7. Don’t Assume We Can’t Do Something.

determined cat

While some things may be challenging for us, there are a lot of things that we can do.  Please don’t assume we can’t do something because we’re hard of hearing. We may need assistance or accommodations, but we can do things just as well as everyone else, and we may even do it better if given the chance.

8. Not All of Us Know Sign Language. 

signing cat

Not all hard of hearing or deaf people know sign language. This is a pretty common misconception. A lot of us learn to talk and never learn sign language. 

9. We Can Be Self-Conscious. 

shy cat

Having a disability is hard, especially one that makes you obviously different from everyone else. We can be rather self-conscious due to teasing and bullying we endured as children. Please don’t stare at our hearing devices or whisper about the way we talk.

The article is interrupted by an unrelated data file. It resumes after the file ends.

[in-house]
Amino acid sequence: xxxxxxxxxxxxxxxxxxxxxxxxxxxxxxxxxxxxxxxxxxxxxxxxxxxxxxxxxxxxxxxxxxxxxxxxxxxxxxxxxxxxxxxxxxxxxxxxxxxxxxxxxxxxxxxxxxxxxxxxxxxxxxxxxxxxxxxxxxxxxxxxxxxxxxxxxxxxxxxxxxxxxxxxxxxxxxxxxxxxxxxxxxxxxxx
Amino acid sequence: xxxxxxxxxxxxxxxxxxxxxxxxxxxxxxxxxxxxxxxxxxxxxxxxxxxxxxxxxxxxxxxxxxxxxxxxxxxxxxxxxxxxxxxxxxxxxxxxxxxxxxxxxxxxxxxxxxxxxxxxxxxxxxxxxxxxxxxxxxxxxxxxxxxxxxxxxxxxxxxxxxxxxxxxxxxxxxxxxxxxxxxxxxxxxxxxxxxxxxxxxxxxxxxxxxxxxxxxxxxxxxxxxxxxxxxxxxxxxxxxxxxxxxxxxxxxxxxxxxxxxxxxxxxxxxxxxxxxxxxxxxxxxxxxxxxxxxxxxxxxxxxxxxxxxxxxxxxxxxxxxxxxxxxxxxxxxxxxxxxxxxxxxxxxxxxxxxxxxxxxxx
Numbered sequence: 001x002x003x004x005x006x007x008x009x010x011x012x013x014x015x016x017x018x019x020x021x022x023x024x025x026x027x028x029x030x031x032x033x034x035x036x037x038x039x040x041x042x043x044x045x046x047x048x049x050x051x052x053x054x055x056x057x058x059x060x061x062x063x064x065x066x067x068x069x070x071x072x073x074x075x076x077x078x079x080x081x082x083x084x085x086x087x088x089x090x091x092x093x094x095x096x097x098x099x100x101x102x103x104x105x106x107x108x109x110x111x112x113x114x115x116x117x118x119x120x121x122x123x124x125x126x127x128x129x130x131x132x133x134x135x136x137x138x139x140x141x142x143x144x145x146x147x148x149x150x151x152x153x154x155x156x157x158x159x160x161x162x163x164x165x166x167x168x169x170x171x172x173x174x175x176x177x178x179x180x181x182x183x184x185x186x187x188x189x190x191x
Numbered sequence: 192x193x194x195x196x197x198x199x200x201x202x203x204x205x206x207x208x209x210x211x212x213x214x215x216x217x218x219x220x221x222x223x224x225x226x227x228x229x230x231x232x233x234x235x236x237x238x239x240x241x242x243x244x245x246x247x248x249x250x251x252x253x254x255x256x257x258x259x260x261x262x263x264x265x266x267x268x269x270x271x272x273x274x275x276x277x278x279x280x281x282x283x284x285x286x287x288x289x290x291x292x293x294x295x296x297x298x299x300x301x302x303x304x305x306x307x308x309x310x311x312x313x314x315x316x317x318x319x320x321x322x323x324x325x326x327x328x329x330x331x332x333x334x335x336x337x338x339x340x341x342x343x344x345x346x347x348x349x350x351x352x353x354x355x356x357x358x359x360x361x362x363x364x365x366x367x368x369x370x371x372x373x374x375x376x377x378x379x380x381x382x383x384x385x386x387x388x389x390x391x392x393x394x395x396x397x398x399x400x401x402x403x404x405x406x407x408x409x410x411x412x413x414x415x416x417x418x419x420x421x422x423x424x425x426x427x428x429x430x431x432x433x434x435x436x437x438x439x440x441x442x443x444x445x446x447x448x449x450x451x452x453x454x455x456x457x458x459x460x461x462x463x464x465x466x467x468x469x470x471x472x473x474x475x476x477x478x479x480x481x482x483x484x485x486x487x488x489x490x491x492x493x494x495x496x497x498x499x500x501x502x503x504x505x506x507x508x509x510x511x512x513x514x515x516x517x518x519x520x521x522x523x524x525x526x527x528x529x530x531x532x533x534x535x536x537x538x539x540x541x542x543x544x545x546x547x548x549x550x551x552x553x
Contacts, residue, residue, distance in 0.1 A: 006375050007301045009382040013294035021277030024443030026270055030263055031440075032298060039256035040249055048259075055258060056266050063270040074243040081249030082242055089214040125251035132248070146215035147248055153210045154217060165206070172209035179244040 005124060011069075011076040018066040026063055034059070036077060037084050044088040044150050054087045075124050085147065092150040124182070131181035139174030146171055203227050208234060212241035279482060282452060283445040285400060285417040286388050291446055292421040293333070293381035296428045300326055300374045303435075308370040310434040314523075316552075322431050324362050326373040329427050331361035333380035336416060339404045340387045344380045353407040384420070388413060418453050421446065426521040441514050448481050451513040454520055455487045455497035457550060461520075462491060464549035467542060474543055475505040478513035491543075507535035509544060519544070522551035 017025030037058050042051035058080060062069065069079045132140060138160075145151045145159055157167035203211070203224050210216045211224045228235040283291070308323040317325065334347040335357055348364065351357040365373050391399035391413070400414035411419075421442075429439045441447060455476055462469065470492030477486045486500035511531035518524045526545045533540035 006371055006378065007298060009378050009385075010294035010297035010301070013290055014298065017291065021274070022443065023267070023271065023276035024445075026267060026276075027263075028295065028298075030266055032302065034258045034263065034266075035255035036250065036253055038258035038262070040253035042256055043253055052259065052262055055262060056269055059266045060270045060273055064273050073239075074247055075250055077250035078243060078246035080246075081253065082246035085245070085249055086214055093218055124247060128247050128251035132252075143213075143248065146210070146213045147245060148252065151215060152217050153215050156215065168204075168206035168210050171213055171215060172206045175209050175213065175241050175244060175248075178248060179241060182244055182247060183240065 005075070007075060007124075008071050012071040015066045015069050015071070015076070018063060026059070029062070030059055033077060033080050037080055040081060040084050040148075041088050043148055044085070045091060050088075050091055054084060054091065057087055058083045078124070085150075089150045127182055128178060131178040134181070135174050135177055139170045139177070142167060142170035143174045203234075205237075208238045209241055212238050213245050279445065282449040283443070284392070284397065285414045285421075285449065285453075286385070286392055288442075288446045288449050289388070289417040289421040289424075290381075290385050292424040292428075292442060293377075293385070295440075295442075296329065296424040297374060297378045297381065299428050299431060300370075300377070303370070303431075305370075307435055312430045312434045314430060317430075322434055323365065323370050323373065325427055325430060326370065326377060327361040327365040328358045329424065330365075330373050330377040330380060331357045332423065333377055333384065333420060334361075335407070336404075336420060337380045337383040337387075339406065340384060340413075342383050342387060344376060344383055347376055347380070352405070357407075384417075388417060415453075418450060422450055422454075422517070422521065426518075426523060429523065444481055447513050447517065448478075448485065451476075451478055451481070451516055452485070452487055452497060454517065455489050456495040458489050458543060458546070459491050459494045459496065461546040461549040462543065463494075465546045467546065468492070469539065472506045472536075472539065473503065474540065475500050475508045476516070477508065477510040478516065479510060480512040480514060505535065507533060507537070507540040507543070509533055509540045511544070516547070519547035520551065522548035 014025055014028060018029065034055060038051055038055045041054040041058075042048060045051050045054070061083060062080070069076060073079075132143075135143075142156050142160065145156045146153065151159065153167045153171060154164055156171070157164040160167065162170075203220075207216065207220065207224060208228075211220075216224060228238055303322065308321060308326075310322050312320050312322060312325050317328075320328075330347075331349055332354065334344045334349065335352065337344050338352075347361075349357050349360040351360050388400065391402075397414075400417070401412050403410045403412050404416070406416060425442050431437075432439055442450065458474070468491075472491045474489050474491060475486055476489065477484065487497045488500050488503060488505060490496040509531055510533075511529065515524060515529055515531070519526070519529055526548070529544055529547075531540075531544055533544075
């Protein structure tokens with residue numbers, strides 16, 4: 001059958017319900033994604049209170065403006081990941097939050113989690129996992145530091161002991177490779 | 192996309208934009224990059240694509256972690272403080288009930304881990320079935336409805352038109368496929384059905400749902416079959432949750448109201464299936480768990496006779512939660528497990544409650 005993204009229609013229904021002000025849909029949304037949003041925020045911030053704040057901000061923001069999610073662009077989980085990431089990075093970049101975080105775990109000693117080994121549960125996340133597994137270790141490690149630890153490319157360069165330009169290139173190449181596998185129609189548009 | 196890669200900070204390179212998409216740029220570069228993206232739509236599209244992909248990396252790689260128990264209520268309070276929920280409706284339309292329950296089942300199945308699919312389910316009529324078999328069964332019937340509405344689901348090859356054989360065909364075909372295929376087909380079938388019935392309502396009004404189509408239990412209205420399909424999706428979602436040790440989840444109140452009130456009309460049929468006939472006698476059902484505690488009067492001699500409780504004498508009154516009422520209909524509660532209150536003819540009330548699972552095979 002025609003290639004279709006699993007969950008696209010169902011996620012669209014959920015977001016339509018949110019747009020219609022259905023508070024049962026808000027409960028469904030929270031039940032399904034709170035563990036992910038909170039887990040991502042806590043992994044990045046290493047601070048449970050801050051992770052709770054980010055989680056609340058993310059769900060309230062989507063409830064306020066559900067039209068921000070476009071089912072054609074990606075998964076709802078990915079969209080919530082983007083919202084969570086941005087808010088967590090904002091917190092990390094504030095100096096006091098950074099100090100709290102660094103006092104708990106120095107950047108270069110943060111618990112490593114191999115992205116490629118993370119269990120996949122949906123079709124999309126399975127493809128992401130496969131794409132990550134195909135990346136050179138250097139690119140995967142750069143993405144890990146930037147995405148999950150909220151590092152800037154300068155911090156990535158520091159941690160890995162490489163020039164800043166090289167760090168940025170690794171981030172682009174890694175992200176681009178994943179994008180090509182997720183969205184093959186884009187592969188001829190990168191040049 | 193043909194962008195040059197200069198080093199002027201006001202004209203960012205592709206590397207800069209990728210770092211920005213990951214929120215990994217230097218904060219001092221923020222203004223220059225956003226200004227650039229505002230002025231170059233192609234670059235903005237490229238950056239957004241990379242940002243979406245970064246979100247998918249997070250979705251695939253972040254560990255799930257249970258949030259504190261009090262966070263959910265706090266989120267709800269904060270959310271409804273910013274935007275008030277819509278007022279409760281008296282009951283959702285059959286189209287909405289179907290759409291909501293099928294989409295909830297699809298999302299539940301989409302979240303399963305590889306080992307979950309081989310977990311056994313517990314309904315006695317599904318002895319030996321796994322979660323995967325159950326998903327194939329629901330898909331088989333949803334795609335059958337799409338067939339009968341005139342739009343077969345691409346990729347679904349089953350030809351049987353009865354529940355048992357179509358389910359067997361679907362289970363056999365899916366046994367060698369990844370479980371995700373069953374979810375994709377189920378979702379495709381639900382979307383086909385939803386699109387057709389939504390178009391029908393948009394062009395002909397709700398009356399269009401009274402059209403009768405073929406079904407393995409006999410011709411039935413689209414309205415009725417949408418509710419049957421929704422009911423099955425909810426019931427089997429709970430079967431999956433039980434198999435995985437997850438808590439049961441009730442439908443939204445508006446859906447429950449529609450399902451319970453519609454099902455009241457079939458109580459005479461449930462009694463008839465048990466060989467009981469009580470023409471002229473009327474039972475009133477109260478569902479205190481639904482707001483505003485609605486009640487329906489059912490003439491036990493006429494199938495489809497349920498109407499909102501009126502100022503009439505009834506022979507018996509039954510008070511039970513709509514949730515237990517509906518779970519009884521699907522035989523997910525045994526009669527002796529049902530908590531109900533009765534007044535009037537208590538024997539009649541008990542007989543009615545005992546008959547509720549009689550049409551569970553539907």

10. We Want to Be Loved. 

I love you too

We may be different, but we want to be loved just as much as everyone else.

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A Possible Cure for Deafness? Maybe!

inner ear

All my life, I have been told that my hearing loss is something that cannot be truly cured.  Hearing aids certainly help, but they don’t fix the problem.  However, recent studies have shown that we might be getting close to an actual cure for hearing loss.  

Researchers at the Massachusetts Eye and Ear and Harvard Medical School have demonstrated that hair cells can be regrown “using a drug to stimulate resident cells to become new hair cells, resulting in partial recovery of hearing in mouse ears damaged by noise trauma. This finding holds great potential for future therapeutic application that may someday reverse deafness in humans.”

This kind of research is extremely exciting for me.  I have damaged hair cells in my cochlea that prevent me from hearing normally. Given the location of these hair cells, I have always believed that I would be hard of hearing for the rest of my life. I mean, how could anyone fix damaged hair cells? Well, it seems they have figured it out.